Difference between Autologous And Allogeneic Stem Cell Transplant

Stem cells are immature, undifferentiated cells developing into several types of cells in the body. These cells can self-renew on a long-term basis, and have the capability to replicate and split itself for longer durations.

Stem cell transplants involve either replacing ineffective or diseased stem cells with healthier new stem cells or allowing treatment for lymphoma and some diseases.

Transplantation would be required when the body cannot produce enough blood cells as required, as the blood cells or bone marrow is infected and is required to be substituted. It could also be because it is treated with high doses of radiation/chemotherapy that destroys the stem and cancerous cells simultaneously.

Commonly, two types of stem cell transplants that are carried out are autologous and allogeneic transplants. These two types of stem cell transplants are commonly deployed treatment courses for diseases such as lymphoma, leukemia, etc.

Autologous Stem Cell Transplant

  • This type of transplant makes use of an individual’s own stem cells
  • These cells are taken from the individual and before moving to the transplant conditioning, these are frozen in liquid nitrogen
  • These cells are normal intrinsically and are accumulated to permit the recovery of blood cells after administering a high dose of therapy, which otherwise could destruct it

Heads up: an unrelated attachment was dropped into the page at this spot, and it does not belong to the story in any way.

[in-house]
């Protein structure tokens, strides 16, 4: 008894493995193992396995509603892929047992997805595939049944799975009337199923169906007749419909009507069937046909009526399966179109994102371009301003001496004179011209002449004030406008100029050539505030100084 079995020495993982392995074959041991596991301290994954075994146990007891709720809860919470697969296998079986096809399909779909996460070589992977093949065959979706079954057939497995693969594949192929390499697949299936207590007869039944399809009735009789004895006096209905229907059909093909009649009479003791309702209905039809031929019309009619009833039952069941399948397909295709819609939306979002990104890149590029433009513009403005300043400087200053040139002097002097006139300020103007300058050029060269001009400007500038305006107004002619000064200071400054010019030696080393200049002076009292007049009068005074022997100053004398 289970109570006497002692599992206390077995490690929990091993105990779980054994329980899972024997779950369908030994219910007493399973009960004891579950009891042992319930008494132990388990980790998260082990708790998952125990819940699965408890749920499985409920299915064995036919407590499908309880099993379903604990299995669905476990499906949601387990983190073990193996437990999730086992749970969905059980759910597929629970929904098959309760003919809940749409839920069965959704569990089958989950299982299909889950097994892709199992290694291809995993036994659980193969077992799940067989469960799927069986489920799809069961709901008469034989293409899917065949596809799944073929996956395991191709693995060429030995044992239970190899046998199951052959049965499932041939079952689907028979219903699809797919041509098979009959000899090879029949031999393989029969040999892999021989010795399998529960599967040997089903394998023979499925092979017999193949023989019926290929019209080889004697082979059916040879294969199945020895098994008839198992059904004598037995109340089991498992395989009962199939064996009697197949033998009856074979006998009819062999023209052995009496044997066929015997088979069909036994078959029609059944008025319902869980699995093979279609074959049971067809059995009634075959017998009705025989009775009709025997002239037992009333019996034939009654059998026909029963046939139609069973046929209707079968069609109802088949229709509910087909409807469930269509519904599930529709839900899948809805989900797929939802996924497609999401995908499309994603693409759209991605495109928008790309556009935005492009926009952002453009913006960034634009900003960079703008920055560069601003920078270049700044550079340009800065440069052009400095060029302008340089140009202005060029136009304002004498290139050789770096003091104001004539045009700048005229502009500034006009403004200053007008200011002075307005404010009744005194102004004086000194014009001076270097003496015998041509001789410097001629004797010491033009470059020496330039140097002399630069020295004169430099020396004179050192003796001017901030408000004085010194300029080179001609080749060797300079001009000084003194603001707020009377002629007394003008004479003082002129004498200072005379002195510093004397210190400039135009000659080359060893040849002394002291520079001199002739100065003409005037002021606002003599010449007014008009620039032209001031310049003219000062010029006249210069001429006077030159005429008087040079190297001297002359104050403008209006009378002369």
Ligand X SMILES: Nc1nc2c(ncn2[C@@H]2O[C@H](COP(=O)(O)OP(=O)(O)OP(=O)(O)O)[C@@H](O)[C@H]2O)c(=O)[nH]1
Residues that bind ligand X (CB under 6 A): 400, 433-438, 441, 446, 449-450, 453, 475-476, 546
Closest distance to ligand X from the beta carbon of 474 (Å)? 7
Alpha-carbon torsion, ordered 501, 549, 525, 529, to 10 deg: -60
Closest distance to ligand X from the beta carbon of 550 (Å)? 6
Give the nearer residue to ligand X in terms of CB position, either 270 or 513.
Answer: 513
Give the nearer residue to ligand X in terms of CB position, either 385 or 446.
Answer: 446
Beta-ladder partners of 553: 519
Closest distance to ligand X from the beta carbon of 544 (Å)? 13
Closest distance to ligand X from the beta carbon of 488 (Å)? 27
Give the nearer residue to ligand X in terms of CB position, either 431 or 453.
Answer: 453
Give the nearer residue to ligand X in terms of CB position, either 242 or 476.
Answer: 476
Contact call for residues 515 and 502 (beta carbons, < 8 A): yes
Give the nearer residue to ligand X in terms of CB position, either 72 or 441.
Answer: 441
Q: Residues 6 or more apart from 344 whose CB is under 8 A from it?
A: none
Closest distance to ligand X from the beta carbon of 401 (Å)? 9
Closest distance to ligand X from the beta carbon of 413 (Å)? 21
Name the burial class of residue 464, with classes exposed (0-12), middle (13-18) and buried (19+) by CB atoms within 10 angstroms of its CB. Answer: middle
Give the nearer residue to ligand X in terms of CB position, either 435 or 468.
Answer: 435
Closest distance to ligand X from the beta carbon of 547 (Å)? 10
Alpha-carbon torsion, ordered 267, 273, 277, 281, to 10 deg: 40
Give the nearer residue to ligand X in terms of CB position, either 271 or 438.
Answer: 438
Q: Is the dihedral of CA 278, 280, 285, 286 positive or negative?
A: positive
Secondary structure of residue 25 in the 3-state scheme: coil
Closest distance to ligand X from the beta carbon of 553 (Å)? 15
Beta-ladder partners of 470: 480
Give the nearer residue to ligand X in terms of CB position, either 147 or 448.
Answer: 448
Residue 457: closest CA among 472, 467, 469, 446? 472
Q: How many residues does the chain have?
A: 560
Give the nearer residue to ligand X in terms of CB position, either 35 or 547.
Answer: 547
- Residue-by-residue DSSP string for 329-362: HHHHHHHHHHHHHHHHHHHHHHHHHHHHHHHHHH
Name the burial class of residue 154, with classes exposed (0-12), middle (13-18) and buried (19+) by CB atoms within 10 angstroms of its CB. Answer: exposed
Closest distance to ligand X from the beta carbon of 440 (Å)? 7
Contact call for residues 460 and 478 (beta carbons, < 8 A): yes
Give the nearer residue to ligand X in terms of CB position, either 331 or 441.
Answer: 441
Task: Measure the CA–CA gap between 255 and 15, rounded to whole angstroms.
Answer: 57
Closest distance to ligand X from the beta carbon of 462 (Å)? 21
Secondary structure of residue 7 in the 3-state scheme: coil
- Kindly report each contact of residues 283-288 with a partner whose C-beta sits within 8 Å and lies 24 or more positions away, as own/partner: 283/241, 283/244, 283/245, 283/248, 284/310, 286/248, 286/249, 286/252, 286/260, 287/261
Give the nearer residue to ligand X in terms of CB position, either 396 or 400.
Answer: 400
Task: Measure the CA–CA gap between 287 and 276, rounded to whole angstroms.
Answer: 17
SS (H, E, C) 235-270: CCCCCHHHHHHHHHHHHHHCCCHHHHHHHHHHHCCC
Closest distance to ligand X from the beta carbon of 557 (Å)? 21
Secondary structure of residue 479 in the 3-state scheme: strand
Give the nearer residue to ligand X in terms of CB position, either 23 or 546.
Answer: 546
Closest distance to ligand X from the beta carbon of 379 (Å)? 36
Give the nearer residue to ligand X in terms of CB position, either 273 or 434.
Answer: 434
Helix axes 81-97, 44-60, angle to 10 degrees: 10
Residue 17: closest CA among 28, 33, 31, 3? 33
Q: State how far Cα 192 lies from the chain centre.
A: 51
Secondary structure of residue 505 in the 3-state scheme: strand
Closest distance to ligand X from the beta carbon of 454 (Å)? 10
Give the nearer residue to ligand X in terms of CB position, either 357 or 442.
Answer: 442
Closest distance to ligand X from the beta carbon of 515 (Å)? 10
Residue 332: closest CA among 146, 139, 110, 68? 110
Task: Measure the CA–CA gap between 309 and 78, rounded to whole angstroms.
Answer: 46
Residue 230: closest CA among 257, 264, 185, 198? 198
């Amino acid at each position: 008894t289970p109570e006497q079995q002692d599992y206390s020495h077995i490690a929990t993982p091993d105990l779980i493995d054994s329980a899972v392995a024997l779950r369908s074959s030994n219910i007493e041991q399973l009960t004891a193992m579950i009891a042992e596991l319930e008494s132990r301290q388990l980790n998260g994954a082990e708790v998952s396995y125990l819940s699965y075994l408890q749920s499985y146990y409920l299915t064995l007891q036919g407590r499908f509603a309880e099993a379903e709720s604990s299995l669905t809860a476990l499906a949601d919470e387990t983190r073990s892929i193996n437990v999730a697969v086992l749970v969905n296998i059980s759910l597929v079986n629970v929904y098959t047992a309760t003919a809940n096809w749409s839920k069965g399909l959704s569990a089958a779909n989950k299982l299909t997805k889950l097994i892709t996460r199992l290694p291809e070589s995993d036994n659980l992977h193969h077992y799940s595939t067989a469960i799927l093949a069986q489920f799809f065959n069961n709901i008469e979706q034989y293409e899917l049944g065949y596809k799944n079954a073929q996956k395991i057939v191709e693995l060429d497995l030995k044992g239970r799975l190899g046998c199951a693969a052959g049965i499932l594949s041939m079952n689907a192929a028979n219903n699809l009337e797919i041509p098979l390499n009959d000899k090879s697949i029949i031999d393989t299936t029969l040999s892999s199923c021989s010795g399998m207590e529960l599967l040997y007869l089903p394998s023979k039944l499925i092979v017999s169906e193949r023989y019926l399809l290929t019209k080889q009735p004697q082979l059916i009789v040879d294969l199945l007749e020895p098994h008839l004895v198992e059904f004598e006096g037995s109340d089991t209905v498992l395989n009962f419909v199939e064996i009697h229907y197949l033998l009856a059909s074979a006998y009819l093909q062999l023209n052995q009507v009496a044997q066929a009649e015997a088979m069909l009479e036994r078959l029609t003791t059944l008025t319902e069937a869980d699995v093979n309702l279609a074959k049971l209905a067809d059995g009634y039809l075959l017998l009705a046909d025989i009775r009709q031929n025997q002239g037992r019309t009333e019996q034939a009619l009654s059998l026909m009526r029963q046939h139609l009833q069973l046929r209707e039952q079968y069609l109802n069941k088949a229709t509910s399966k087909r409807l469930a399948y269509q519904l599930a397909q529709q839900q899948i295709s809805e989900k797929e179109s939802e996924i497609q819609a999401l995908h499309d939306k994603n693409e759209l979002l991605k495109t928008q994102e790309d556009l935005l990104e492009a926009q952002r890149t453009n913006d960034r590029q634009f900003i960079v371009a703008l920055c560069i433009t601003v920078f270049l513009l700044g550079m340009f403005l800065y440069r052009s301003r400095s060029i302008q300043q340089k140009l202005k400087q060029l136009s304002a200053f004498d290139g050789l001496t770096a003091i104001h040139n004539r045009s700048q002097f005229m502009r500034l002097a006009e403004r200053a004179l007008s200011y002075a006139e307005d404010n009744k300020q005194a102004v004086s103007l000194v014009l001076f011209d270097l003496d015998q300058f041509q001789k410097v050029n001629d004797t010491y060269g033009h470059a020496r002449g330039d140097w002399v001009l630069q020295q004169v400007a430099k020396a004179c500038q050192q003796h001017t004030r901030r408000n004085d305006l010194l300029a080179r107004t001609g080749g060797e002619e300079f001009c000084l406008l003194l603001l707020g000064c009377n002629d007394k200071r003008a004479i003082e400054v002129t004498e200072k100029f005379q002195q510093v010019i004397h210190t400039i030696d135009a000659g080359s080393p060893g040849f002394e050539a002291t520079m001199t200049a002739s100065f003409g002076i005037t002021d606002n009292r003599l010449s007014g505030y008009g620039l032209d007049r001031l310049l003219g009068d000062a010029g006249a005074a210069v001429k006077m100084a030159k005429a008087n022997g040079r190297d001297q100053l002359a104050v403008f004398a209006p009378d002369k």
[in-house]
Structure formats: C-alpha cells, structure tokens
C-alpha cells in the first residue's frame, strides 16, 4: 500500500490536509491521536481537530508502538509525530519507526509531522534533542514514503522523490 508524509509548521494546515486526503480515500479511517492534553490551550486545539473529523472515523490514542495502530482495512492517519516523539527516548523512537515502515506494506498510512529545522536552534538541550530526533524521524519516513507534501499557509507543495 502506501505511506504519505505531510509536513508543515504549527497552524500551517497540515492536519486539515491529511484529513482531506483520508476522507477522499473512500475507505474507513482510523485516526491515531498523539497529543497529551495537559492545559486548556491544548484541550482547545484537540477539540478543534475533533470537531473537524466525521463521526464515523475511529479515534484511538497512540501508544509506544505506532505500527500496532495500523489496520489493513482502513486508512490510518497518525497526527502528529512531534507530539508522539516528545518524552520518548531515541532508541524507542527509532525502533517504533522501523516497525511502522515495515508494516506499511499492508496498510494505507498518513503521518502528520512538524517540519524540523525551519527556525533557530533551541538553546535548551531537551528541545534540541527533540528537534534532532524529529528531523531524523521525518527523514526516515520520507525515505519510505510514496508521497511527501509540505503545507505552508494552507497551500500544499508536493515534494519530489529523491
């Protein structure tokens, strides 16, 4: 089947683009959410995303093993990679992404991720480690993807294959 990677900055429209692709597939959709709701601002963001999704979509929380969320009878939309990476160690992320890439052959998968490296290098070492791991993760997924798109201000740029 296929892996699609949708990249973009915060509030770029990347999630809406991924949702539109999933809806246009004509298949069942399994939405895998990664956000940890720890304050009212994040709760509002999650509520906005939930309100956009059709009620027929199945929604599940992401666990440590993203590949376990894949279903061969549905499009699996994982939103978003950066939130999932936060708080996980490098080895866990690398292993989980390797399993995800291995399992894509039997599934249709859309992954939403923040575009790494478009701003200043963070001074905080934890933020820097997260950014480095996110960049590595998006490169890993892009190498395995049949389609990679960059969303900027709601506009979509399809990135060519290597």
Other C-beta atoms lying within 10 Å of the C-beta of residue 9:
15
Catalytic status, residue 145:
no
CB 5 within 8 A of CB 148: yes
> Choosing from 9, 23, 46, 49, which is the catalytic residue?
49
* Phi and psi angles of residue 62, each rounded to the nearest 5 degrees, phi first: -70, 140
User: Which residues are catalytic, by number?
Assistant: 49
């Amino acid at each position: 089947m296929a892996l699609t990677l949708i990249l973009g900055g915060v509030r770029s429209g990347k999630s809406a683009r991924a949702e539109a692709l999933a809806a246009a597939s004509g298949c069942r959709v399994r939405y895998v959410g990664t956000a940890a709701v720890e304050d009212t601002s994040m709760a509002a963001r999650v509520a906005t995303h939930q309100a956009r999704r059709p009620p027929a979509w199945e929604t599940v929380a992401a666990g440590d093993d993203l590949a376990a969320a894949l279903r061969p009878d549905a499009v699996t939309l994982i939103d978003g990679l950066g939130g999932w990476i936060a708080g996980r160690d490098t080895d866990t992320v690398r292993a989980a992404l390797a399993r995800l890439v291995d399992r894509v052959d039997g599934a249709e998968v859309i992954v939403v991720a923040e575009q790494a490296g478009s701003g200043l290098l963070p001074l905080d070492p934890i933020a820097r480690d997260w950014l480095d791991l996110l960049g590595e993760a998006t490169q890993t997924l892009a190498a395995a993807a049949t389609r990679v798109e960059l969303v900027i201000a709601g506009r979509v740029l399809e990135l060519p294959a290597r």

• Once the conditioning treatment takes place, the stem cells of the patient is given back to the body to aid it in producing healthy white and red blood cells and even platelets

Allogeneic Stem Cell Transplant

  • The procedure makes use of the stem cells from a donor whose HLA (human leukocyte antigens) are acceptable matches to that of the patient’s
  • The stem cells for this type of transplant can be collected from the donor including – relatives with partially matched stem cells, siblings with perfectly matched stem cells, or an individual not related but found on the National Marrow Donor Program

Key Difference between Autologous And Allogeneic Stem Cell Transplant

The table below depicts the differences between Autologous And Allogeneic Stem Cell Transplant.

Autologous Stem Cell Transplant

Allogeneic Stem Cell Transplant

What does the procedure involve?

Here, the stem cells are obtained from the same individual who gets a transplant, hence the patient is its own donor

Here, the stem cells are from an individual other than the patient, which could either be unrelated or a matched donor

Advantages

One gets one’s own cells back into the body. Hence, there is no fear of them being rejected by the body

The stem cells of donors produce their own immune cells that could aid in killing any cancer cells which remain after high-dose treatment. It is referred to as a graft-versus-cancer.

What are its risks?

The grafts can fail. Additionally, these transplants cannot produce the graft-versus-cancer effect. One limitation of it is that the cancerous cells can get collected with the stem cells, and can be transferred back into the system.

The graft might not take in the transplanted donor stem cells well or could die or be destroyed by the body of the patient before settling in the bone marrow. Additionally, the donor’s immune cells can attack the cancerous cells as well as the healthy cells. This is referred to as graft-versus-host disease.

Used in the treatment of

Used in the treatment of some lymphomas, leukemias, multiple myeloma and some other cancers, multiple sclerosis, systemic sclerosis, etc.

Used in the treatment of some types of lymphomas, multiple myeloma, leukemia, myelodysplastic syndrome, and some bone marrow disorders.

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